Despite my choice of profession and the fact that I have been through many of these with clients, divorce is not easy. It is not pretty, it is not fun and it is not cheap. In addition to hurt feelings, bruised egos and feelings of betrayal (sometimes) there is a deep and profound sense of loss. Loss that accompanies any other type of grief. I have seen many deaths of marriages and each time it is still just as sad. Through the years, our move and new friends, I have seen more than a few of those friends also struggle with the death of their marriage.
A recent post by another friend about the death of her marriage renewed this feeling of sadness. You think that this would be something that I would be used to and numb to, kind of similar to the way a doctor has to learn to steel himself or herself from death and dying or they would most likely go crazy, dealing with it –day in and day out. For a good part of my 23 years as a lawyer I spent a great deal of time dealing with deaths of marriages. Most of them, however were people that I didn’t know, the other half of the relationship was a faceless name for most of the proceeding with no emotional attachment on my part. My job was to sever the end of their marriage quickly, economically and hopefully to everyone’s tolerance since no one in a divorce can say they are happy with the results. Nonetheless, dealing with strangers and their problems is always easier than dealing with names that carry faces with them and memories — both good and bad.
For me, it is always difficult to understand how things can deteriorate between two people. Sometimes that deterioration is to such a hateful level. People who once gazed at each other with the proverbial stars in their eyes, now have daggers and would rather die than be in the same room, house or sometimes even state as the other. It always baffles me, but people change and sometimes they grow apart. Most times, those friends do seem happier now which is good for them and the other people in their lives. Sometimes the “one” really wasn’t the “one” and no matter how many times you try, the square peg just won’t fit in the round hole. For others, it may be a matter of giving up.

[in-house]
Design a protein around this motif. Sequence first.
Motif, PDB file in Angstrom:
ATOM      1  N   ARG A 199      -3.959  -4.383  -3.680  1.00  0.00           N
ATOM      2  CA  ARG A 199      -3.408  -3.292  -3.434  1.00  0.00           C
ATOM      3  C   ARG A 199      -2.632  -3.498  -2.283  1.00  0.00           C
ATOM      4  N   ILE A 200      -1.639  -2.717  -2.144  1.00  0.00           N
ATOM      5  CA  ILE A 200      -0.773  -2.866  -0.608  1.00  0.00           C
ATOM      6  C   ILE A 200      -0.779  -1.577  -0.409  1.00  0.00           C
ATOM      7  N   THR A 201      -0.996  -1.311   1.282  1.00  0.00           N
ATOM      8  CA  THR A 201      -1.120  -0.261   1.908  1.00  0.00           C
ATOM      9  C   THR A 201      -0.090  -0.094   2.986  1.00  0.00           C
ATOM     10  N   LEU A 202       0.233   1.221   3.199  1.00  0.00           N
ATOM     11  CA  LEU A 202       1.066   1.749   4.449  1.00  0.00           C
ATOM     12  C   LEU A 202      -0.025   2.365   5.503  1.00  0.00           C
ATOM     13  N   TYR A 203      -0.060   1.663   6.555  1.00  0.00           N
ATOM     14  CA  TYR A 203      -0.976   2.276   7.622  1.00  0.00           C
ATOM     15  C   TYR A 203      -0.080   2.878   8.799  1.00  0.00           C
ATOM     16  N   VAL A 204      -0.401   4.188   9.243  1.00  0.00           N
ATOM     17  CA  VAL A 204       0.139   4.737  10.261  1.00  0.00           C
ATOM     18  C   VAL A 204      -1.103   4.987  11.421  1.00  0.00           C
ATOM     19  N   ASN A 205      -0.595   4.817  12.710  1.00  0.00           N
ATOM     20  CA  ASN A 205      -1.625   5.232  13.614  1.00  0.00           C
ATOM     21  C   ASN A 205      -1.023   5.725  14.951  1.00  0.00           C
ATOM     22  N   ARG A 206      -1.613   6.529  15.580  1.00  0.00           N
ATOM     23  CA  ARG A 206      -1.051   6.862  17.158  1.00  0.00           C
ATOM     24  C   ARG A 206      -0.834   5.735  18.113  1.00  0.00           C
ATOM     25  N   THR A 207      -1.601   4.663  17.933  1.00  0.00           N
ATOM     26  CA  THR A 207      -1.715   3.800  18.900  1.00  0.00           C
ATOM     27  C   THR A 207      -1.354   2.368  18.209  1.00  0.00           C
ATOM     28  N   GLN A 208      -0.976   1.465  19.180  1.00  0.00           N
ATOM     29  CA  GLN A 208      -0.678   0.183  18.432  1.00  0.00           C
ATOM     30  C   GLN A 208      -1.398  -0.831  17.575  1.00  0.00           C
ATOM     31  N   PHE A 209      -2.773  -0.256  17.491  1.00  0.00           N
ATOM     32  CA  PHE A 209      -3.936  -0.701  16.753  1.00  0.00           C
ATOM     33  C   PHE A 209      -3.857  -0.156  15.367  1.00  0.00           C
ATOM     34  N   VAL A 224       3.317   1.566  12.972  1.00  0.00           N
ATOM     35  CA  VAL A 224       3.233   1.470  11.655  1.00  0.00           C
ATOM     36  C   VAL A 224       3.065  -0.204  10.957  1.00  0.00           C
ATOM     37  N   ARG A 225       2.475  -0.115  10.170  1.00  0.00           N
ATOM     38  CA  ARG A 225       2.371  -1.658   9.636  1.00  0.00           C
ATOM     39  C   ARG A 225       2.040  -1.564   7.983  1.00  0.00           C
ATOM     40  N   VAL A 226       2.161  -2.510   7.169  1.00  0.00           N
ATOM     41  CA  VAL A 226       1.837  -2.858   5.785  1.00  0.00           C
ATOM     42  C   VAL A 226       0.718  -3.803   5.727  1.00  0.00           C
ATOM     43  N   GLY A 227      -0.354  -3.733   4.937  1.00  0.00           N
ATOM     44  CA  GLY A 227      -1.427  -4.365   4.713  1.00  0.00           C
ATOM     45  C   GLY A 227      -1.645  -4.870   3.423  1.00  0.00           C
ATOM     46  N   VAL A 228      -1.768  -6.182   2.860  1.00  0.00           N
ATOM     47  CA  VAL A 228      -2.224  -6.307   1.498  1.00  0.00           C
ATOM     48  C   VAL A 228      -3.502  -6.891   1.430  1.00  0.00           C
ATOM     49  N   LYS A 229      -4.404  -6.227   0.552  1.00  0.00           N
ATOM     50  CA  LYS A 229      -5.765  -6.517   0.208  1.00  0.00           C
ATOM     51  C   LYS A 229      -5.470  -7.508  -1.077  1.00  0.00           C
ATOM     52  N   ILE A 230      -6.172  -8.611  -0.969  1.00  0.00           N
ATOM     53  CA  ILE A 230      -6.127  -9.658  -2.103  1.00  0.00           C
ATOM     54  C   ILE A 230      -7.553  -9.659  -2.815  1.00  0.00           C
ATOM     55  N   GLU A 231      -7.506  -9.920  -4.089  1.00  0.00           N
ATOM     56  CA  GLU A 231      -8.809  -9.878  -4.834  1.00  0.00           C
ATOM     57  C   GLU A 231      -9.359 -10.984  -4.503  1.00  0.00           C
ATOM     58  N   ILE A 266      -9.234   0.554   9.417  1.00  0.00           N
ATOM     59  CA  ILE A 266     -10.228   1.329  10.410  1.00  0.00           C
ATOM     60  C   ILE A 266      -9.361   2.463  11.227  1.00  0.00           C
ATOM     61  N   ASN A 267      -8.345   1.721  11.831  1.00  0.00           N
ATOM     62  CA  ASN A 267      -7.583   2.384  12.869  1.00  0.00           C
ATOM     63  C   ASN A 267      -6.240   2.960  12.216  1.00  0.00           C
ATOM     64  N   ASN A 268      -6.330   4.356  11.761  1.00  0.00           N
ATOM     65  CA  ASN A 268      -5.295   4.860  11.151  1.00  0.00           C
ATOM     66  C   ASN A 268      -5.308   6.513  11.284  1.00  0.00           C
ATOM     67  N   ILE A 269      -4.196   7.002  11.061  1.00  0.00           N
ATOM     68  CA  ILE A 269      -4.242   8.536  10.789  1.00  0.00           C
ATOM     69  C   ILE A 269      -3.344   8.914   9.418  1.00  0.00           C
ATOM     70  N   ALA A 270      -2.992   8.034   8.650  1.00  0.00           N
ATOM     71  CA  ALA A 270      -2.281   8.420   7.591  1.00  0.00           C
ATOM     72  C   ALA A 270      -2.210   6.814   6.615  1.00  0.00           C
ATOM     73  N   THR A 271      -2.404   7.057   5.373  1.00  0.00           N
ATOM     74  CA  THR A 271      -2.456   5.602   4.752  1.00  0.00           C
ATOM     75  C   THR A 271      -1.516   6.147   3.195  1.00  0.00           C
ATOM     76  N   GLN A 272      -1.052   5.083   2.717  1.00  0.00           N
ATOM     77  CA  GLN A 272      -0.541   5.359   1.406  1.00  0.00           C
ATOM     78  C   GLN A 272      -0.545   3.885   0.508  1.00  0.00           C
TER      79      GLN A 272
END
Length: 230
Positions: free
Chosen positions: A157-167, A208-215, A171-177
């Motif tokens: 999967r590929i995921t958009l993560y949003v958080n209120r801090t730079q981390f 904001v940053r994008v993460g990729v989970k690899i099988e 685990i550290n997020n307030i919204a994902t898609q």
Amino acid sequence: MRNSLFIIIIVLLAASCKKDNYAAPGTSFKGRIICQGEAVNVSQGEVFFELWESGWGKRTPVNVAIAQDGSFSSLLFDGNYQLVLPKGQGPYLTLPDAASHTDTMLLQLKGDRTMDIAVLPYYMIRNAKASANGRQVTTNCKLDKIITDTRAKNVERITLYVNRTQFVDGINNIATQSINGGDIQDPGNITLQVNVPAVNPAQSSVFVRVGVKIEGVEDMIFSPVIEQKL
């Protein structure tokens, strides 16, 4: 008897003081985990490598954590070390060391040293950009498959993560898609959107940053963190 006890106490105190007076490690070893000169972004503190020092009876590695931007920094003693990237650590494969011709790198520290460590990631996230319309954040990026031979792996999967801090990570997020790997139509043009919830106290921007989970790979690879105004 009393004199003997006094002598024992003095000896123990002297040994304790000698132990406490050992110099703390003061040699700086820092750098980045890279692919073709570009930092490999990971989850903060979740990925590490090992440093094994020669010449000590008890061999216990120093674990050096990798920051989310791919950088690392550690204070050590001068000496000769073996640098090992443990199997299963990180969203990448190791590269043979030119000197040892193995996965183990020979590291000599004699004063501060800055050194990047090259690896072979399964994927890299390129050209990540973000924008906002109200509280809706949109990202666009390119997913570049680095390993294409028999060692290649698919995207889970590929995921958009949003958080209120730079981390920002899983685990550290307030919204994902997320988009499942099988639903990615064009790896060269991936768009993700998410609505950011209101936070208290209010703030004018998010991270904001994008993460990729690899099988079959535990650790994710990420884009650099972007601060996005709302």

One of the things that comes from seeing these experiences, whether they be personal or professional, is to take stock of your own relationship. Doing divorce work or seeing others go through their own marital problems makes one reassess one’s own situation. It makes you wonder if either of you is capable of pulling the plug on a relationship that, in our case, has lasted much more than half my life. Hopefully, when you take stock you realize that you’re not capable and neither is your spouse. That is always a good thing.